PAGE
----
By 1973, Aerosmith was signed to Columbia Records and as soon as the quintet issued their self-titled debut that year, they were besieged with non-stop comparisons to their idols, the Rolling Stones (or more concisely, Tyler and Perry's resemblance both musically and visually to Jagger and Richards). Although the debut didn't set the world on fire, word of mouth and constant touring built the band a hardcore following, and due to such all-time hard rock classics as 1974's "Get Your Wings," 1975's "Toys in the Attic," and 1976's "Rocks," Aerosmith became a sensation, selling out arenas and scoring big-time hit albums and singles (the proto-power ballad "Dream On" and the funky rocker "Walk This Way"). But with fame came hardcore drug abuse for the band, which also created constant bickering between Tyler and Perry. With the rock & roll lifestyle taking its toll (their albums grew increasingly more and more unfocused), Perry quit to pursue a solo career in 1979, with Whitford following a year later.
Refusing to admit that Aerosmith's best days were behind them, Tyler soldiered on with replacement members, as his whole life centered around where and when he would score his next fix (all the sordid details are recounted first hand by Tyler in Aerosmith's excellent 1999 autobiography Walk This Way). With the band in disarray, fast approaching bankruptcy, and reduced to headlining theaters as opposed to the enormous football stadiums of their heyday, Tyler and Perry patched up their differences in 1983, leading to a reunion of all the original members a year later. It took a while for the bandmembers to clean up their act, but by 1987 all were clean and sober and promptly reclaimed their title as one of the United States' finest rock & roll bands on the strength of sold-out arena tours and such mega-hit albums as Permanent Vacation and Pump. In the process, Tyler became one of the most influential frontmen in rock & roll history, as a plethora of singers in '80s hard rock bands (Guns N' Roses' Axl Rose, Cinderella's Tom Keifer, Mötley Crüe's Vince Neil, the Black Crowes' Chris Robinson, etc.) all resembled Tyler circa 1976 with their look and vocal delivery. By the '90s, Tyler and co. had reinvented themselves as an MTV band, focusing on more pop-oriented material (such as the number one hit ballad "I Don't Want to Miss a Thing" from the movie Armageddon), while Tyler's daughter, Liv, became a model and actress.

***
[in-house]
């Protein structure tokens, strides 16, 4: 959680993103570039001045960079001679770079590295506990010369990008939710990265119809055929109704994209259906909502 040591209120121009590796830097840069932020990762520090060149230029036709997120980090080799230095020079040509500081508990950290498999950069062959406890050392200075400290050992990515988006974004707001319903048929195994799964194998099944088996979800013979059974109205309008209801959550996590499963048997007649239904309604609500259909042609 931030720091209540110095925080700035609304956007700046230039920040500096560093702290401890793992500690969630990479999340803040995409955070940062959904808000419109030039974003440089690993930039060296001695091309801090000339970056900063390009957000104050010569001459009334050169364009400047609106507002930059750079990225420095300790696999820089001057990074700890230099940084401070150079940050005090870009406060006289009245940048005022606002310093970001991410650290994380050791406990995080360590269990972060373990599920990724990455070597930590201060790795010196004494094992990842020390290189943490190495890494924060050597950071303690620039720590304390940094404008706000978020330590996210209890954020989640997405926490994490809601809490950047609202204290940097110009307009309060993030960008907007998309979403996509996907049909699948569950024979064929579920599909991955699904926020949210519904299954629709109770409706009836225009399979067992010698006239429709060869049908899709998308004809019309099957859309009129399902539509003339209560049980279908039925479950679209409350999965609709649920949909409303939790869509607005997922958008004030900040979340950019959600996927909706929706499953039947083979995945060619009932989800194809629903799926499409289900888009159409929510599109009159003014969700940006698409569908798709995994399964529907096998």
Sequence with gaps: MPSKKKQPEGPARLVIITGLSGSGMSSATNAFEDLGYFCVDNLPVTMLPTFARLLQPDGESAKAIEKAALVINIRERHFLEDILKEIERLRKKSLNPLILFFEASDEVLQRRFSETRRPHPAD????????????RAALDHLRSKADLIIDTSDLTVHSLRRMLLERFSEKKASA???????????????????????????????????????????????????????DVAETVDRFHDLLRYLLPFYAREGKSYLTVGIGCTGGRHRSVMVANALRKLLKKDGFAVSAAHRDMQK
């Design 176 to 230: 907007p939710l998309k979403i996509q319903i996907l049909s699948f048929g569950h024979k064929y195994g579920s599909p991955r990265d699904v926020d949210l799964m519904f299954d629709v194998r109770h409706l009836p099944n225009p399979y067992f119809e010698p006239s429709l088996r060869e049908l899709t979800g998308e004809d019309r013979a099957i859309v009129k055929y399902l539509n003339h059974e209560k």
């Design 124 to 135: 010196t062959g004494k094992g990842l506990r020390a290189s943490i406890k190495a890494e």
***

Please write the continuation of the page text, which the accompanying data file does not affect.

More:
Tyler's star continued to blaze throughout the early aughts, with Aerosmith's 2001 induction into the Rock & Roll Hall of Fame, a high profile performance at the Super Bowl XXXV half-time show, and a pair of chart-topping albums (Just Push Play, 2001 and Honkin' on Bobo, 2004). The latter part of the decade saw Tyler collaborating with the likes of Santana, Keith Anderson, and Chris Botti, as well as continuing to tour with Aerosmith, despite suffering a number of health setbacks, including an injury sustained from a rough fall from the stage at a 2009 show in North Dakota. In 2011 Tyler joined the 10th season of American Idol as a judge (replacing Simon Cowell), and released an autobiography, Does the Noise in My Head Bother You?, which peaked at number two on the New York Times bestseller list. He left American Idol after two seasons in order to focus on Aerosmith, and in 2012 the band issued their 15th studio album, Music from Another Dimension!. In April 2015, Tyler made a surprise appearance at the Grand Ole Opry to announce the release of his upcoming debut solo country album. The first single from the record, "Love Is Your Name," dropped later that May. ~ Greg Prato, Rovi